- In its political complexity of warring houses, it feels like Game of Thrones – but all told through a single first person point of view protagonist.
- In its twists of intrigue and double-talk, double-think, double-agents it felt like a John le Carre Spy novel
- In its pairing of an enigmatic mentor and a damaged brutalised but gifted protagonist it reminded me of Essun and Alabaster in N.K.Jemsin’s The Fifth Season.
The characters at different times and for different reasons reminded me of The Hunchback of Notre Dame, Rooster Cogburn in True Grit, Edith in the Arm of the Sphinx, Machiavelli in The Prince. The Mythology has a Greek/Norse feel to it of philandering warring gods unable to control their impulses, yet the pantheon is small enough to feel original, fresh and coherent.
Just to touch upon the magic system as this was an extremely appealing part of the book for me. I’m a sucker for stories about warring gods, and their powers, therefore the way they could eternally torment humans by making them immortal, and having them face drastic personal consequences was quite fascinating.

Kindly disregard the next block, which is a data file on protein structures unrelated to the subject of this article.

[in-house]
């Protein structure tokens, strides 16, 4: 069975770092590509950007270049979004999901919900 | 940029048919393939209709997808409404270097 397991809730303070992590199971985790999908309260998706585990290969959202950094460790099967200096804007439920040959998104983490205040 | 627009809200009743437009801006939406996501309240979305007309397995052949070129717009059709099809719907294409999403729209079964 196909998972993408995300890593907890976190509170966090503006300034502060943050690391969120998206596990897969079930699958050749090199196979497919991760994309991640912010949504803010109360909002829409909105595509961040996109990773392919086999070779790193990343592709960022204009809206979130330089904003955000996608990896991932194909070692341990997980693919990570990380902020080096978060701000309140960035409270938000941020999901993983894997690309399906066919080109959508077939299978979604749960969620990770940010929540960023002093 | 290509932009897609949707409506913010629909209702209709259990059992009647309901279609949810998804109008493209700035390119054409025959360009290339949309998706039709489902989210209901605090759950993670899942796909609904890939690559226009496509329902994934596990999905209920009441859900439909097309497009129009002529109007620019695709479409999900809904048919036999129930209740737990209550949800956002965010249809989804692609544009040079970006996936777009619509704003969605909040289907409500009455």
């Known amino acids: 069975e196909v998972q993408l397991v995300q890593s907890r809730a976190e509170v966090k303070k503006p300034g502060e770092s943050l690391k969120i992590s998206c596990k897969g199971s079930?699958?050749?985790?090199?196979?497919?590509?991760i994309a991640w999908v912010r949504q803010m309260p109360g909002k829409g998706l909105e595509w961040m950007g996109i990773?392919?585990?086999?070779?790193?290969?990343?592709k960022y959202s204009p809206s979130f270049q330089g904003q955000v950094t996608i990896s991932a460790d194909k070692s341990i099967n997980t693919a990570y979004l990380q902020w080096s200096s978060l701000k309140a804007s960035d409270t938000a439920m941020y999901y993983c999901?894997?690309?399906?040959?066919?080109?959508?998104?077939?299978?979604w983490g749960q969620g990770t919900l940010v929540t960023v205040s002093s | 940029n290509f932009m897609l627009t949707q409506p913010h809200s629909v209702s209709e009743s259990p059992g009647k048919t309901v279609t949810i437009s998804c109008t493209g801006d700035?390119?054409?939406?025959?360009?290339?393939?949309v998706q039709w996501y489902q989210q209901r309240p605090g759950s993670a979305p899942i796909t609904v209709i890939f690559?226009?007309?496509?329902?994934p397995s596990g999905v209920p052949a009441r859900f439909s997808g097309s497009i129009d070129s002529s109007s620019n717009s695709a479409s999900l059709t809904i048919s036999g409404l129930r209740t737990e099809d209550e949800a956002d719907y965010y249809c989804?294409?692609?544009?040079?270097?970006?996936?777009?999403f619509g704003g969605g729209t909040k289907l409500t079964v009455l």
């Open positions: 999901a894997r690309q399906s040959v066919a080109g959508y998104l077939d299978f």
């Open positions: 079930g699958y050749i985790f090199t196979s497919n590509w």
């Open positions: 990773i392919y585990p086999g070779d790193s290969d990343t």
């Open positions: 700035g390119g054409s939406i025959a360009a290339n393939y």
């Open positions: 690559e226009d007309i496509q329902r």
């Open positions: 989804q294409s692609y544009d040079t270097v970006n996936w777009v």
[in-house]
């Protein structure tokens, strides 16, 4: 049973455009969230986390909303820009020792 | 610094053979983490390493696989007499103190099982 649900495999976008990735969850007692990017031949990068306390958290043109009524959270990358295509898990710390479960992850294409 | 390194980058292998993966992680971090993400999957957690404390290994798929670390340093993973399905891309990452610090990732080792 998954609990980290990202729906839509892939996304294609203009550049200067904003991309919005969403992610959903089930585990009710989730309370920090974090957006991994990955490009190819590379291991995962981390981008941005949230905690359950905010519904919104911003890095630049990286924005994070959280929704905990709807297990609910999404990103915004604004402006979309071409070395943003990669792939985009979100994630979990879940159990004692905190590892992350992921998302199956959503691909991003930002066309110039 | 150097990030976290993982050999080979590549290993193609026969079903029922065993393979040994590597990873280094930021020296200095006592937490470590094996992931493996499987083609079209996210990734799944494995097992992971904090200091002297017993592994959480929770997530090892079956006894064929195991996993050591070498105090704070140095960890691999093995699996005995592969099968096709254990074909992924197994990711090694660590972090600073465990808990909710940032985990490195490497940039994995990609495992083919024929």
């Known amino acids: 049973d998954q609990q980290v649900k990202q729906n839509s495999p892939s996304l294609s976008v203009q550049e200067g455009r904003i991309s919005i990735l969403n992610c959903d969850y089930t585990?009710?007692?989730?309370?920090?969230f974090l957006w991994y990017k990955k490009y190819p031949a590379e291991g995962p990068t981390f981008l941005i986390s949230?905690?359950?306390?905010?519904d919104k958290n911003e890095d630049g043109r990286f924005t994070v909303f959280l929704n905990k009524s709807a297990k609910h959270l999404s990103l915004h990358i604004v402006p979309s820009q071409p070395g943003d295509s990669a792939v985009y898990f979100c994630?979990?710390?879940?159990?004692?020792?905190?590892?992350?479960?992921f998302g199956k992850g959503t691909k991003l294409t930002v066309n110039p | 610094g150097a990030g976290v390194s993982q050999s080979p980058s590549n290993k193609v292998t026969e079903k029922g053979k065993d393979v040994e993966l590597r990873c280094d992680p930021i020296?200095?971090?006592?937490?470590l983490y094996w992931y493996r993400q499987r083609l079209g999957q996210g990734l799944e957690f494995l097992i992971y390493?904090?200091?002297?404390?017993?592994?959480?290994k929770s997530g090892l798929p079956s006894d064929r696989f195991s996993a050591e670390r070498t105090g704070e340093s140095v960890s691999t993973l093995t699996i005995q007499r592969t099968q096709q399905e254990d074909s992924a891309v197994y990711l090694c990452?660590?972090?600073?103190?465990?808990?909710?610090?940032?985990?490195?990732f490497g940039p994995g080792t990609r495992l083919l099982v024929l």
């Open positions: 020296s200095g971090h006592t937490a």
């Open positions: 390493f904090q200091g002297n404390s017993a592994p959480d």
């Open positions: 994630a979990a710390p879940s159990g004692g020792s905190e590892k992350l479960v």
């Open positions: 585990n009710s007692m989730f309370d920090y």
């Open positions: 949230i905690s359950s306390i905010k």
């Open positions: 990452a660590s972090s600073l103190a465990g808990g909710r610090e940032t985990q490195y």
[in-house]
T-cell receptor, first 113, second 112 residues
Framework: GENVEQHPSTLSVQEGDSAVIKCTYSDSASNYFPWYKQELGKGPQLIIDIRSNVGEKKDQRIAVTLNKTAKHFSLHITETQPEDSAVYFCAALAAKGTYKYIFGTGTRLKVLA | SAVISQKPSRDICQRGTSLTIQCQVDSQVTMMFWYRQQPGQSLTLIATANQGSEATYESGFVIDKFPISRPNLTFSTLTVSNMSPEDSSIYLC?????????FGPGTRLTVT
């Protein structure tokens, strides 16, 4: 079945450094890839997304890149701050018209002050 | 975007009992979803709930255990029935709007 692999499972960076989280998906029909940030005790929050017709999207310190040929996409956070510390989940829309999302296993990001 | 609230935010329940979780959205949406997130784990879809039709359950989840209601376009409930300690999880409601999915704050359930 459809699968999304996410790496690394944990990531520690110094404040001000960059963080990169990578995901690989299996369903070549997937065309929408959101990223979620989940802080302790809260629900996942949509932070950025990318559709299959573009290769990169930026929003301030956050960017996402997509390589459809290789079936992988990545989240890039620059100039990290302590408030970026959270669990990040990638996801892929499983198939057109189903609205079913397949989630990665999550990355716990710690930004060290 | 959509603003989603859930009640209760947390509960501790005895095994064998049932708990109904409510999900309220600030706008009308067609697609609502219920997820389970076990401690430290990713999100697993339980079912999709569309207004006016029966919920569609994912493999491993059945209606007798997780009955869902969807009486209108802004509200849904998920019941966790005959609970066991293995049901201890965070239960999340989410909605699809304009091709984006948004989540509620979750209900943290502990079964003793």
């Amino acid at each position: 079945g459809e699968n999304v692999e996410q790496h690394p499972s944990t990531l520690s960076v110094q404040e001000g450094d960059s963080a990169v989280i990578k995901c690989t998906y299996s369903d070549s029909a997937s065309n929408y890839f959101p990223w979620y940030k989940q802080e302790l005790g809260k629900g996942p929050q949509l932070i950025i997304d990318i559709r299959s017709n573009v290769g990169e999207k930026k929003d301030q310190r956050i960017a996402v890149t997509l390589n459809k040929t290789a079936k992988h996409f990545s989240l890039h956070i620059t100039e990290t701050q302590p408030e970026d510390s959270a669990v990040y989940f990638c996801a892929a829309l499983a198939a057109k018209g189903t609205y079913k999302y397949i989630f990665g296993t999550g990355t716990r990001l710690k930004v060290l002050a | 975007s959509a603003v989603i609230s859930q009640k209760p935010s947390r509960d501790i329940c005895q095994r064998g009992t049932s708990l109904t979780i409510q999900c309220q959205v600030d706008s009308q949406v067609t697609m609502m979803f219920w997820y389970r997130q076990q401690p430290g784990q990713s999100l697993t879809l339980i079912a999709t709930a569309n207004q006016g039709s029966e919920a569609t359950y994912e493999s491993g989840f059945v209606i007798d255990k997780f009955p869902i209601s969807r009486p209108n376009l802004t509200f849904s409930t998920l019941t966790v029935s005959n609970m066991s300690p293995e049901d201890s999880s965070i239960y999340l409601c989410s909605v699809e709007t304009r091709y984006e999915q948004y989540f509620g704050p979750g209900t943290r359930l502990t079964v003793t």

I didn’t think it was really complex or complicated, but that could be because I breezed through it so quickly I couldn’t forget anything!
I also didn’t mind that the magic and godly powers were not explained at all. I do like a deep and exact magic system like Sanderson does them, but especially with gods I don’t mind it being mysterious – what do we mere mortals know about divine powers…? I hope I learn a bit more about Kyrra’s and Arsenault’s magic in book two, but for this it worked well for me.
Aside from that – Theo has said it all much better than I could, so I’ll leave you with that.
QUOTATIONS that amused/resonated with you
There were so many!
A conversation with an exhausted man:
His words come out as mere edges to his hard breathing
A domestic argument:
You are not silk, my mother said, but did that mean I was more or less important?
When our protagonist realises she’s been drugged:
Then the world drained away, like blood flowing from a wound. I grasped for it but it ran through my fingers, and the night flowed on like a dream.
After our protagonist has shared some comfort with another character: